Hailed as a hero by Chinese football fans, Lions goalkeeper Hassan Sunny gets star treatment in Shanghai

Singapore goalie Hassan Sunny met a local football team, HiKicker Youth FC, at one of CapitaLand's Raffles City malls on June 16. - ST

SHANGHAI: Man of the moment Hassan Sunny got his first taste of what stardom in China is like when he was in town for what has been described as a family holiday over the Hari Raya Haji long weekend.

The goalkeeper of the Singapore national football team arrived in Shanghai on the morning of Sunday (June 16) with his family in tow without much fanfare, but was quickly recognised by fans, who posted pictures and videos of him on Chinese social media.

The 40-year-old found himself at the receiving end of sudden adulation from Chinese football fans after his 11 saves in a June 11 World Cup Asian qualifying match denied Thailand – and granted China – a spot among the final 18.

Grateful Chinese fans soon began showing up at, and cleaning out, his nasi lemak stall in Tampines and even transferred money to the business via its payment QR code.

Ironically, when Singapore played China in Tianjin in March during another World Cup qualifying match, Chinese football fans in the stands were anything but friendly, making anti-Singapore chants.

ALSO READ: Dear Chinese football fans, Hassan Sunny’s 11 saves should be seen in the right spirit

Videos of the war cry went viral, igniting a debate in which many Chinese criticised the fans for displaying poor sportsmanship. China won 4-1 against Singapore in that match.

But the current instant fame has not quite sunk in for the Singaporean footballer, who hit the ground running in Shanghai with a series of appearances at three CapitaLand malls.

“It was unexpected and really huge,” said Hassan in a hastily organised interview by the Singapore property group.

“I don’t even have time to look at what’s in my e-mail. It’s been flooded the past few days. I missed my wife’s messages as well when she texted me.”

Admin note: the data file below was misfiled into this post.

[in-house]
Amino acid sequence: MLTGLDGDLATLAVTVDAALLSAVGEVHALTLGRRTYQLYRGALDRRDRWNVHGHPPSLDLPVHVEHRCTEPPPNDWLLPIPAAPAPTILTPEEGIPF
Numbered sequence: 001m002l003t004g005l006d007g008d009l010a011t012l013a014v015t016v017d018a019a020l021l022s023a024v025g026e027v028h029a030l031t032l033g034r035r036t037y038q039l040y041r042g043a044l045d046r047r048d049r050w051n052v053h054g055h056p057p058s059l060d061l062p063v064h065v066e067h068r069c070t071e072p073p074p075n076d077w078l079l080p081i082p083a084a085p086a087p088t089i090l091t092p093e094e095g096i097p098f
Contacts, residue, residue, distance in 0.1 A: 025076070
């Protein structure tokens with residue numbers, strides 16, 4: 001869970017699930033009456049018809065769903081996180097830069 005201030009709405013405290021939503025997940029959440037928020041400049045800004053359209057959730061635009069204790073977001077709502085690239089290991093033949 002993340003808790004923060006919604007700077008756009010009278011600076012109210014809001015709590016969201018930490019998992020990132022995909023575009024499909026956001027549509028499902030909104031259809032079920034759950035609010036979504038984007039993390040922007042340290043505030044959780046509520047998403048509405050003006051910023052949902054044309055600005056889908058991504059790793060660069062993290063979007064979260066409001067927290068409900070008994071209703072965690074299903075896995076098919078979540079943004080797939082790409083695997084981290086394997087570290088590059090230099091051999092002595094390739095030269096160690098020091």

CapitaLand wasted no time in capitalising on the goalkeeper’s popularity, inviting him to Shanghai, where it has 13 commercial properties, for a visit.

Puah Tze Shyang, chief executive officer of its investment arm in China, said the company, which marks its 30th year in China in 2024, has “always been a bridge between the two countries”.

The company has 284 properties in China, encompassing business parks, serviced apartments, malls and data centres.

“When we found out Hassan planned to take a family holiday for the long weekend, we invited him to experience Shanghai and meet some of his new fans.”

CapitaLand said it did not publicise Hassan’s tour, but at least 20 fans trailed him from mall to mall, hoping to get his autograph and a photograph with the China-minted celebrity.

Two of them, Haruki Itoshiro, 23, and Mr Zhang Hanyuan, 19, said they found out on social media about Hassan’s whereabouts after fans spotted him.

“I think he has great professionalism. He persevered till the last moment in the Singapore-Thailand match, and you could say he helped China get into the final 18. So I’m very thankful from the bottom of my heart,” said Zhang, a student at Shanghai International Studies University.